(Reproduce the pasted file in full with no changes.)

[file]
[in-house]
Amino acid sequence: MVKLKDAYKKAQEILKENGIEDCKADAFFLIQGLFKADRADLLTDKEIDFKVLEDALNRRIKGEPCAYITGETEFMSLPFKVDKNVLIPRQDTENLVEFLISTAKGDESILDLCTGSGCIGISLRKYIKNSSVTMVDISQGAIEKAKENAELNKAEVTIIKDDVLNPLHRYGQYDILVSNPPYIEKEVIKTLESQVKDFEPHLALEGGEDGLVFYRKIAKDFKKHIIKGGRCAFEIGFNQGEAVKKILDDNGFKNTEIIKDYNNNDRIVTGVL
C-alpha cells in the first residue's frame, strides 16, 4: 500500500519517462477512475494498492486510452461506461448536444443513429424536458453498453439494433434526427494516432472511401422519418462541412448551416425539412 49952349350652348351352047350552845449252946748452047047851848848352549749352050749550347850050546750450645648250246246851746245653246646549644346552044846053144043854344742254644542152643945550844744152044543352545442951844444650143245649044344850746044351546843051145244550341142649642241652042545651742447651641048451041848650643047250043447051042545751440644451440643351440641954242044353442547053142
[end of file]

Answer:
[in-house]
Amino acid sequence: MVKLKDAYKKAQEILKENGIEDCKADAFFLIQGLFKADRADLLTDKEIDFKVLEDALNRRIKGEPCAYITGETEFMSLPFKVDKNVLIPRQDTENLVEFLISTAKGDESILDLCTGSGCIGISLRKYIKNSSVTMVDISQGAIEKAKENAELNKAEVTIIKDDVLNPLHRYGQYDILVSNPPYIEKEVIKTLESQVKDFEPHLALEGGEDGLVFYRKIAKDFKKHIIKGGRCAFEIGFNQGEAVKKILDDNGFKNTEIIKDYNNNDRIVTGVL
C-alpha cells in the first residue's frame, strides 16, 4: 500500500519517462477512475494498492486510452461506461448536444443513429424536458453498453439494433434526427494516432472511401422519418462541412448551416425539412 49952349350652348351352047350552845449252946748452047047851848848352549749352050749550347850050546750450645648250246246851746245653246646549644346552044846053144043854344742254644542152643945550844744152044543352545442951844444650143245649044344850746044351546843051145244550341142649642241652042545651742447651641048451041848650643047250043447051042545751440644451440643351440641954242044353442547053142